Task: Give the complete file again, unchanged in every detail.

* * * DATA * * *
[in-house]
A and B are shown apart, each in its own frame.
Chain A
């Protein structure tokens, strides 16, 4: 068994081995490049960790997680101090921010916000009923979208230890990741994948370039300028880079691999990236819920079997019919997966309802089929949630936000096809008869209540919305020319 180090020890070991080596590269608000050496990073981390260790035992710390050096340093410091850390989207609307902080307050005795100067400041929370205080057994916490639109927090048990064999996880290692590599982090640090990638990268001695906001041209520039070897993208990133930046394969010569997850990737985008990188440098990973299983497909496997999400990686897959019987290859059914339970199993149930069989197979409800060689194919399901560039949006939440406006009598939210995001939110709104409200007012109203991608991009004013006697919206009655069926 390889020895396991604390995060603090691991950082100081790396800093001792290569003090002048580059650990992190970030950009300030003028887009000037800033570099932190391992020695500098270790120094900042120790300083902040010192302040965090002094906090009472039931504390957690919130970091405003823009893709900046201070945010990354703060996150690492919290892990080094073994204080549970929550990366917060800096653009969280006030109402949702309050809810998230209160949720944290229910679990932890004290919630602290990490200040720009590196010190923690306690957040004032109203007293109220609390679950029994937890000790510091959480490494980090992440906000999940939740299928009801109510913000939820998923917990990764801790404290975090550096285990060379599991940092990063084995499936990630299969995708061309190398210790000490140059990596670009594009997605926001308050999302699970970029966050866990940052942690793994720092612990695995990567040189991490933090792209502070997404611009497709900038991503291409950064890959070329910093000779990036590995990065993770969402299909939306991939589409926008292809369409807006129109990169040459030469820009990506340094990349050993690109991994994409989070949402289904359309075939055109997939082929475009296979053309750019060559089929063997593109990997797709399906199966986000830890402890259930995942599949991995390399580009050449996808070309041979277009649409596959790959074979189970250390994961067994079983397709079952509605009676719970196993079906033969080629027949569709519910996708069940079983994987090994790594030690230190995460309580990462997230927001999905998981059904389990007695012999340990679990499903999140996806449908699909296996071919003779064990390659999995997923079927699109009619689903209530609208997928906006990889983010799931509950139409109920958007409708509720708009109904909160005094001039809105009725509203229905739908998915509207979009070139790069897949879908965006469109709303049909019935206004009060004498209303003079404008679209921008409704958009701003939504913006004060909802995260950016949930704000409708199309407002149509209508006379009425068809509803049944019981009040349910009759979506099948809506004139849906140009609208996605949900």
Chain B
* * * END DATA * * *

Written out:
[in-house]
A and B are shown apart, each in its own frame.
Chain A
């Protein structure tokens, strides 16, 4: 068994081995490049960790997680101090921010916000009923979208230890990741994948370039300028880079691999990236819920079997019919997966309802089929949630936000096809008869209540919305020319 180090020890070991080596590269608000050496990073981390260790035992710390050096340093410091850390989207609307902080307050005795100067400041929370205080057994916490639109927090048990064999996880290692590599982090640090990638990268001695906001041209520039070897993208990133930046394969010569997850990737985008990188440098990973299983497909496997999400990686897959019987290859059914339970199993149930069989197979409800060689194919399901560039949006939440406006009598939210995001939110709104409200007012109203991608991009004013006697919206009655069926 390889020895396991604390995060603090691991950082100081790396800093001792290569003090002048580059650990992190970030950009300030003028887009000037800033570099932190391992020695500098270790120094900042120790300083902040010192302040965090002094906090009472039931504390957690919130970091405003823009893709900046201070945010990354703060996150690492919290892990080094073994204080549970929550990366917060800096653009969280006030109402949702309050809810998230209160949720944290229910679990932890004290919630602290990490200040720009590196010190923690306690957040004032109203007293109220609390679950029994937890000790510091959480490494980090992440906000999940939740299928009801109510913000939820998923917990990764801790404290975090550096285990060379599991940092990063084995499936990630299969995708061309190398210790000490140059990596670009594009997605926001308050999302699970970029966050866990940052942690793994720092612990695995990567040189991490933090792209502070997404611009497709900038991503291409950064890959070329910093000779990036590995990065993770969402299909939306991939589409926008292809369409807006129109990169040459030469820009990506340094990349050993690109991994994409989070949402289904359309075939055109997939082929475009296979053309750019060559089929063997593109990997797709399906199966986000830890402890259930995942599949991995390399580009050449996808070309041979277009649409596959790959074979189970250390994961067994079983397709079952509605009676719970196993079906033969080629027949569709519910996708069940079983994987090994790594030690230190995460309580990462997230927001999905998981059904389990007695012999340990679990499903999140996806449908699909296996071919003779064990390659999995997923079927699109009619689903209530609208997928906006990889983010799931509950139409109920958007409708509720708009109904909160005094001039809105009725509203229905739908998915509207979009070139790069897949879908965006469109709303049909019935206004009060004498209303003079404008679209921008409704958009701003939504913006004060909802995260950016949930704000409708199309407002149509209508006379009425068809509803049944019981009040349910009759979506099948809506004139849906140009609208996605949900």
Chain B